When Do You Need Blockchain Captive Insurance?
Imagine you are driving your new car down the road and you come to a stop at a red light. You glance down to turn up the radio when you’re suddenly thrown into your locked seatbelt and grunt from the pain. In your rearview mirror you see someone behind you looking scared. They just rear ended you and they don’t know what to do. After getting out of the car and inspecting the damage you determine that you will likely need to take the car into the shop.
You check your bank account for the one bit of good news in your day: the funds for the repairs have already been deposited into your bank account via automatic transaction. An automatic, decentralized insurance contract (a “Smart Contract”) was executed without even having to file a claim. This scenario is not only possible, but being actively pursued by insurance companies implementing blockchain technology into their practice.
A new report from Tractica, a market intelligence firm, predicts that the market for blockchain applications will reach nearly $20 billion by 2025. There has been much ado about blockchain over the past several years and its applications are breathtaking. The nascent technology, which got its start with Bitcoin, is enjoying a period of extreme growth and possibility. While blockchain has applications in the financial, energy, and banking industries, this article will provide some insight as to how the technology will disrupt the insurance sector.
What is Blockchain Captive Insurance?
Blockchain is a term referring to a new collection of concepts and technologies forming the basis of a digital monetary ecosystem. Units of currency are used to store and transmit value among participants in the network. These units of currency are called something different depending on which platform you use. If you’re using Bitcoin, then the units are called bitcoins. If you’re using Ethereum, then the units are called ether. There are a number of blockchains out there (dogecoin, darkcoin, etc.) but the basic premise is the same. The blockchain users communicate with each other using the blockchain protocol via the Internet. The blockchain protocol stack is available as open source software and can be run on a variety of devices, including computers and smartphones.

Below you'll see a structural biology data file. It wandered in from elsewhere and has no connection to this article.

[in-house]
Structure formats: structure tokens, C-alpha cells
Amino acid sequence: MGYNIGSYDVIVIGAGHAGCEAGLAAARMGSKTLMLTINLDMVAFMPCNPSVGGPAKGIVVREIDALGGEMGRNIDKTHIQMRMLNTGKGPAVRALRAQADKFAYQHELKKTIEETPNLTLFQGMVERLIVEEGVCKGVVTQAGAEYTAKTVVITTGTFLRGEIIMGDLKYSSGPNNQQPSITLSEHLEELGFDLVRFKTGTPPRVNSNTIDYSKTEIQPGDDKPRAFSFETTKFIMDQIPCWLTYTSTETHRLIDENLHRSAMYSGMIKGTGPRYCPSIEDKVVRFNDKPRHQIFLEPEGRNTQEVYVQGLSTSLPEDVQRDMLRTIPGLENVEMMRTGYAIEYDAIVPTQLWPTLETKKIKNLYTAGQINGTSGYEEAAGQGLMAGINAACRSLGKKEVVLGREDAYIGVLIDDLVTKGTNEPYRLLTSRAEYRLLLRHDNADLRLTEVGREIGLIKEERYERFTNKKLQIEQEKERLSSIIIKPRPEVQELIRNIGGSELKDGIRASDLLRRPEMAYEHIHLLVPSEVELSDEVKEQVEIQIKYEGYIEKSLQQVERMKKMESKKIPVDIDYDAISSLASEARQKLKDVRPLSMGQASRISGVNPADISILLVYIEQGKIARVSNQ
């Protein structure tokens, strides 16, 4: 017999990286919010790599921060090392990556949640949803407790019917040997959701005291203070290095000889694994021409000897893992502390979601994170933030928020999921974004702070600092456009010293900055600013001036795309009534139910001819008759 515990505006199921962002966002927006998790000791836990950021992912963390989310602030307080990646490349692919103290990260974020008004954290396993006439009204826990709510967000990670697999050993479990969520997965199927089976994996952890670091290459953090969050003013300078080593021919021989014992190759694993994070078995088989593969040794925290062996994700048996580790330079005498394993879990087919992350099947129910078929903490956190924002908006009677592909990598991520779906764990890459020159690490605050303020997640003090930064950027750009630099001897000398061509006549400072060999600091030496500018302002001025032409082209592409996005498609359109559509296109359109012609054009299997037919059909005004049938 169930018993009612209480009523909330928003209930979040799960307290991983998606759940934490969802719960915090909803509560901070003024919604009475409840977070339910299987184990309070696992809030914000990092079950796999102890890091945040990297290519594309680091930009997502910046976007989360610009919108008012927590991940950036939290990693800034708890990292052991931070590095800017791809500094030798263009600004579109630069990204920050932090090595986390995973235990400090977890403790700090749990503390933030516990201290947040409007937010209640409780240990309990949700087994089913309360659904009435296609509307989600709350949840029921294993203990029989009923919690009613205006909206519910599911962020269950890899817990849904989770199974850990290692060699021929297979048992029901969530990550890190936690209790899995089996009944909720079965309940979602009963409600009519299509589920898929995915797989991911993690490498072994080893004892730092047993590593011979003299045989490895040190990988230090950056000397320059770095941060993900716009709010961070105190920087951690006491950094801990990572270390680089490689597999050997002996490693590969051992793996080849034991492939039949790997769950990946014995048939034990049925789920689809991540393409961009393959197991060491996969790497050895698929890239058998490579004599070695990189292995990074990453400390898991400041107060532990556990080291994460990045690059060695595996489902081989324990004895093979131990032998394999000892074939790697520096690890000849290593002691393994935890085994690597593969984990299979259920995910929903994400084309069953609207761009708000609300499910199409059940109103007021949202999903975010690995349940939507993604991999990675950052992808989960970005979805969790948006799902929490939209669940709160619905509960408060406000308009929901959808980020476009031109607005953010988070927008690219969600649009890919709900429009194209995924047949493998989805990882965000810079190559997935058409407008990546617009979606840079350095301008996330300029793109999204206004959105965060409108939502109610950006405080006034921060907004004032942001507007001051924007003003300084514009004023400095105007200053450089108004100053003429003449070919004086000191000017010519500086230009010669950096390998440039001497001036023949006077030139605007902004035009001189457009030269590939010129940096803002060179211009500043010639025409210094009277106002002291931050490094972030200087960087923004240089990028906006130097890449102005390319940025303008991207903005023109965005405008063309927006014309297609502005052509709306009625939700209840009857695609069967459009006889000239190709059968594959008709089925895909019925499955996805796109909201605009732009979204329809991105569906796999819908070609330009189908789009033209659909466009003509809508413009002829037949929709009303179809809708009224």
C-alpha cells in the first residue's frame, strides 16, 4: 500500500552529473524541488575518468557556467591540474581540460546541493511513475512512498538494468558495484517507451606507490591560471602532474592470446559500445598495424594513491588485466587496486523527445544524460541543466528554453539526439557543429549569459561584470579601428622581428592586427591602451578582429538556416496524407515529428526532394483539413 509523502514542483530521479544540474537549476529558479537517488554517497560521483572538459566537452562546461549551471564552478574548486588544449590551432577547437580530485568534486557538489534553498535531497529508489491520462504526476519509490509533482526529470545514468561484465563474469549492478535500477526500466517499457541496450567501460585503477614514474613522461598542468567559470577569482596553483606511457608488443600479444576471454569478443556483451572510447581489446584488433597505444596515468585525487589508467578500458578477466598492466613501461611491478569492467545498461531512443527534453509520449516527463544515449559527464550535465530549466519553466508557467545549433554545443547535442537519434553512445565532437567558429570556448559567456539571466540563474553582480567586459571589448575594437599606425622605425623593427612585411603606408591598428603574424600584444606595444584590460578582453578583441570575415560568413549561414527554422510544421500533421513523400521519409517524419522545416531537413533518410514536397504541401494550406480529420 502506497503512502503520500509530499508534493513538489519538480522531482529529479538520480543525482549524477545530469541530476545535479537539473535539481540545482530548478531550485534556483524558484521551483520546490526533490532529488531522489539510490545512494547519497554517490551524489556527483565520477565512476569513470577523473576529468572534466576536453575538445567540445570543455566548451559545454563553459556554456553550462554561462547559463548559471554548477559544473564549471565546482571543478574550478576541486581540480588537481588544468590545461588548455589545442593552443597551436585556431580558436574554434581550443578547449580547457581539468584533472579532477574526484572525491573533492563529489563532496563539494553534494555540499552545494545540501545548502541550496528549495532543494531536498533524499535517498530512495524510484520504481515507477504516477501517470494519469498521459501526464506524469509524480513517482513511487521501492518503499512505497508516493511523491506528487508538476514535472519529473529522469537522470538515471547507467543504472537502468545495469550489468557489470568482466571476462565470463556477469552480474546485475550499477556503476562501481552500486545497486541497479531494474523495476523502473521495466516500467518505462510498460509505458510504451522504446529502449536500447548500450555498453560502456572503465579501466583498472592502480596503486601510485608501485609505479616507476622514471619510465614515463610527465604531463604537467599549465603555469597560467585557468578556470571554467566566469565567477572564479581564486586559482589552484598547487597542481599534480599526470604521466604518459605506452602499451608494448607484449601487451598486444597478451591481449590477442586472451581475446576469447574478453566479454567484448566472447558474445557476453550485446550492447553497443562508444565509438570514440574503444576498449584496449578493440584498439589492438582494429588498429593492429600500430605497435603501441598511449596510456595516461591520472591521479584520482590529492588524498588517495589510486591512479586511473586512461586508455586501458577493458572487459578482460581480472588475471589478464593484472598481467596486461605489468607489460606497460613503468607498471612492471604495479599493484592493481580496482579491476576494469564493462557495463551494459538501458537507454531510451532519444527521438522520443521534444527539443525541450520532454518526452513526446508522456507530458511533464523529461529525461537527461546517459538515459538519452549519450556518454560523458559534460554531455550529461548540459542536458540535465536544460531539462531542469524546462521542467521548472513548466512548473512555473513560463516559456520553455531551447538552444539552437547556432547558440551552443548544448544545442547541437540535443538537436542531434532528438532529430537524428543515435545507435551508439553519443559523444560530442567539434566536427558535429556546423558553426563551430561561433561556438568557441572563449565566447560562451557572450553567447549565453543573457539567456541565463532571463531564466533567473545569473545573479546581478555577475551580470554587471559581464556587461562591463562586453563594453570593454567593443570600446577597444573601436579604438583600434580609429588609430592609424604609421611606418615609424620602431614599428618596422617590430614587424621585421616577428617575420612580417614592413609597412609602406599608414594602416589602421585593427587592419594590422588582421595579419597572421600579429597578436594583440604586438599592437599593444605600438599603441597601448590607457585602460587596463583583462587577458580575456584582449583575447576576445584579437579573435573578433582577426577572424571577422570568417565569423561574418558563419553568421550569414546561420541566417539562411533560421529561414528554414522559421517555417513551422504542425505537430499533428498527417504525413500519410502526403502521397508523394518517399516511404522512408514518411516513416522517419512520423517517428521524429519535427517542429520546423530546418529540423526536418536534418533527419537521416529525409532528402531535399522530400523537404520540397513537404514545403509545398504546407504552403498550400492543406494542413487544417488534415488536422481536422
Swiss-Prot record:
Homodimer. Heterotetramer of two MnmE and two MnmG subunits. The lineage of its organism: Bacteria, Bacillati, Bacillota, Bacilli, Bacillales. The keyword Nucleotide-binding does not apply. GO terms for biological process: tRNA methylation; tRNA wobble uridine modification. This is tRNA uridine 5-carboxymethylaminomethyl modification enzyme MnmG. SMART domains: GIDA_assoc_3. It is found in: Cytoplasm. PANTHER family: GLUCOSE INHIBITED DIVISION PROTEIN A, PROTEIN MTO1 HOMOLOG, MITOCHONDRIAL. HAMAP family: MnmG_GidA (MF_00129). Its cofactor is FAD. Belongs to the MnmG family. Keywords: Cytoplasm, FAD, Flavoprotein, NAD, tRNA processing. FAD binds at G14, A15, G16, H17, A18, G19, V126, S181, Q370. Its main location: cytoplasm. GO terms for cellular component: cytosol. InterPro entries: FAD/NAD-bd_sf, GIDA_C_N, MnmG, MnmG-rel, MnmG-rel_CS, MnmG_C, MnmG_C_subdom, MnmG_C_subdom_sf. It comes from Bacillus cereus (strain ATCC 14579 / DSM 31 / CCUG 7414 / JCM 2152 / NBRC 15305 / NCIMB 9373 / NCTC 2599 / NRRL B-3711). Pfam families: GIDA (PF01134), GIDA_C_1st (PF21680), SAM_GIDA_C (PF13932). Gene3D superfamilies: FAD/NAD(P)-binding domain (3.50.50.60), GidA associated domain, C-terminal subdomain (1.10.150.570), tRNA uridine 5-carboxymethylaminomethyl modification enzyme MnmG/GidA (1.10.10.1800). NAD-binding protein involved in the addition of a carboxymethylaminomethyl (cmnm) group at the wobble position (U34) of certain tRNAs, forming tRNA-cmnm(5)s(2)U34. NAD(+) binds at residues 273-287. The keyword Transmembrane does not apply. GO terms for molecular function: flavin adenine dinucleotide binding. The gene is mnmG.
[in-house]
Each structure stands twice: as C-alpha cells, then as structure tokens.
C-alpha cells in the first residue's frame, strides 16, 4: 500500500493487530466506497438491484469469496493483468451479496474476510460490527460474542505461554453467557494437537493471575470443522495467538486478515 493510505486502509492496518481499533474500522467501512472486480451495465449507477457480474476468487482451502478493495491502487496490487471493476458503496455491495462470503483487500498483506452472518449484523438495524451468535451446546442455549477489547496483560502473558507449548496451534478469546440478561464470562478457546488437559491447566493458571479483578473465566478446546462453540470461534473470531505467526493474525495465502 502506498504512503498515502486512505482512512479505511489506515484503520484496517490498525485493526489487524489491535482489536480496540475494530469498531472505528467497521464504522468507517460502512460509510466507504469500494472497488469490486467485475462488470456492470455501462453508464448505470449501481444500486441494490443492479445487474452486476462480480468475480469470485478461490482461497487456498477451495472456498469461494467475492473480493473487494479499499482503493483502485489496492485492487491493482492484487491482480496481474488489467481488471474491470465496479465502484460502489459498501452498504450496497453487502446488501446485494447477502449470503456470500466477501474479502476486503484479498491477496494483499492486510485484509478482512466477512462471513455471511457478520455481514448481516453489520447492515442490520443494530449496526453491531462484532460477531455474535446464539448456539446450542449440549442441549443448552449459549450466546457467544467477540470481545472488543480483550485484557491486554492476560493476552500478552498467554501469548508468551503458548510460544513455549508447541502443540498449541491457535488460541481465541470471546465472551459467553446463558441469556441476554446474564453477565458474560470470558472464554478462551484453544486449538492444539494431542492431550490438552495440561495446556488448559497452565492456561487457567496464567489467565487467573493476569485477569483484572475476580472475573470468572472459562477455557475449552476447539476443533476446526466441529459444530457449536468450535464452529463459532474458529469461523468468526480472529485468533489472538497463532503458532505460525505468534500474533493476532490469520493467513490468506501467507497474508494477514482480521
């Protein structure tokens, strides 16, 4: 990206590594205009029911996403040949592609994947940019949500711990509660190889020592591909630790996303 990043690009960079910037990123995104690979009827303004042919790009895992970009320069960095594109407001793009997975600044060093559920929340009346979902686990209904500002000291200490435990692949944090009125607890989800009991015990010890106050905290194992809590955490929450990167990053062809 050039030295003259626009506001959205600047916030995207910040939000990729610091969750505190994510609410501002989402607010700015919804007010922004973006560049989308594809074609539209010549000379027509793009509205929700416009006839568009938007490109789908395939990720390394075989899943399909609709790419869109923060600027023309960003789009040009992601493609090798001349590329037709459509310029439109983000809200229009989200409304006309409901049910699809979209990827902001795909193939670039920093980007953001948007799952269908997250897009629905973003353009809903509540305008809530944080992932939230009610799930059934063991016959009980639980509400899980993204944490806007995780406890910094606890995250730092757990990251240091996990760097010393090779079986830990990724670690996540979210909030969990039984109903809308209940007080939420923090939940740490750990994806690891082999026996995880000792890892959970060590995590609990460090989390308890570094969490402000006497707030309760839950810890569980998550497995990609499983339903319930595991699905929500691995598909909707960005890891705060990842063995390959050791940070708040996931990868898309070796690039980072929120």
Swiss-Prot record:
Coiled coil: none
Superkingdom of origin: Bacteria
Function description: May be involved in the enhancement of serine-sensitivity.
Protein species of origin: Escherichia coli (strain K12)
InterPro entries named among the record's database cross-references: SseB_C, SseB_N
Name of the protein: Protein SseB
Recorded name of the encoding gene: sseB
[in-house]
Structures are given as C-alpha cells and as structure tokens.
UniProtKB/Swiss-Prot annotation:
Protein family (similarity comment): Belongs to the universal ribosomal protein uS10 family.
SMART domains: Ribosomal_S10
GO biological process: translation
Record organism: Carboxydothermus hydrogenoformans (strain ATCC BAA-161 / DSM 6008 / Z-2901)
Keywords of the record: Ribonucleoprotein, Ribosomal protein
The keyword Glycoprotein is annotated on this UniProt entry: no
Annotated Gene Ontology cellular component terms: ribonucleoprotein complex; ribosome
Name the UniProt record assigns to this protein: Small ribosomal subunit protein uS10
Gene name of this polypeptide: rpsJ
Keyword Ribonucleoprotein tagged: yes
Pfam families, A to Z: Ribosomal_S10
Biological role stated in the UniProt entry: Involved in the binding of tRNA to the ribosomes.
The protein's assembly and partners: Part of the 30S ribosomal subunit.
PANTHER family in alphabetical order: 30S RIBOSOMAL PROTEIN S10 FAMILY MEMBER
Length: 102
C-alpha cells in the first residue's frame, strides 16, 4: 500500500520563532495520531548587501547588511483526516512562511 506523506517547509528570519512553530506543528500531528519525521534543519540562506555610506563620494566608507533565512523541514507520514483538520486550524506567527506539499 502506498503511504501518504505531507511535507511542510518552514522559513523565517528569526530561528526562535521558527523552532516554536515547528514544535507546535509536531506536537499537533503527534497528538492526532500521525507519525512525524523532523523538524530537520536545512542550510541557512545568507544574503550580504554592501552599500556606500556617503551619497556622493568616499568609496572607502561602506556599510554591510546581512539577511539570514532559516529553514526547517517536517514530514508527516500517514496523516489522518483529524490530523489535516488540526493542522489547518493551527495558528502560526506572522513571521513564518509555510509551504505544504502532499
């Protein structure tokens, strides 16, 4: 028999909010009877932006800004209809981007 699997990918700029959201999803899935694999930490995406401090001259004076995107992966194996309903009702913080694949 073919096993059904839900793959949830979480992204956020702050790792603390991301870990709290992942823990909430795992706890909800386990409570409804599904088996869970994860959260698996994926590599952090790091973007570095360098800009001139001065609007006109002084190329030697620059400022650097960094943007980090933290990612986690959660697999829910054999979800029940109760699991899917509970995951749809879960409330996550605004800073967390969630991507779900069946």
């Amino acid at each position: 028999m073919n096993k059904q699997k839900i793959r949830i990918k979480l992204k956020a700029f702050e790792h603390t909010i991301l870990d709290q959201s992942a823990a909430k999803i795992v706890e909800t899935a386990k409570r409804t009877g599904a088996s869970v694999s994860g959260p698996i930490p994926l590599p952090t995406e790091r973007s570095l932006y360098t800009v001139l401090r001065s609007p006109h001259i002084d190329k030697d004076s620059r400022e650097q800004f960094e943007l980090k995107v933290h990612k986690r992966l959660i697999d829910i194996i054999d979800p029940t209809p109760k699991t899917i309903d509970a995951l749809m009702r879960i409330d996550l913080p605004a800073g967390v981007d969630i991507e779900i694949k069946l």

How Does Blockchain Captive Insurance Work?
Users of the blockchain can transfer the units over the network to do anything that can be done with conventional currencies, such as purchasing a drink or extending credit. The units can be bought, sold, and traded on specialized exchanges online. These currencies are perfect for the Internet as they are secure, unregulated, and borderless.
There are no physical coins or monetary units in a blockchain. The “coins” are implied in transactions that transfer value from Party 1 to Party 2. Users own keys that allow the user to prove ownership of a transaction in the blockchain network. This key unlocks the value to spend the value embedded in the blockchain network.
Blockchain networks are distributed, peer-to-peer (“P2P”) systems without a central server. The units (bitcoin, ether, etc.) are created through a process called mining. Mining is essentially a computer solving a complex mathematical problem engineered to take a certain amount of time. Every 10 minutes, or so, a computer solves a problem and is rewarded with monetary units. This is basically how a blockchain prints money. Instead of relying upon a central bank to issue a currency, computers spread across the globe compete in a decentralized math contest to see who can solve problems the fastest. The problems are designed to take a certain amount of time to solve, which creates a natural rate of monetary growth.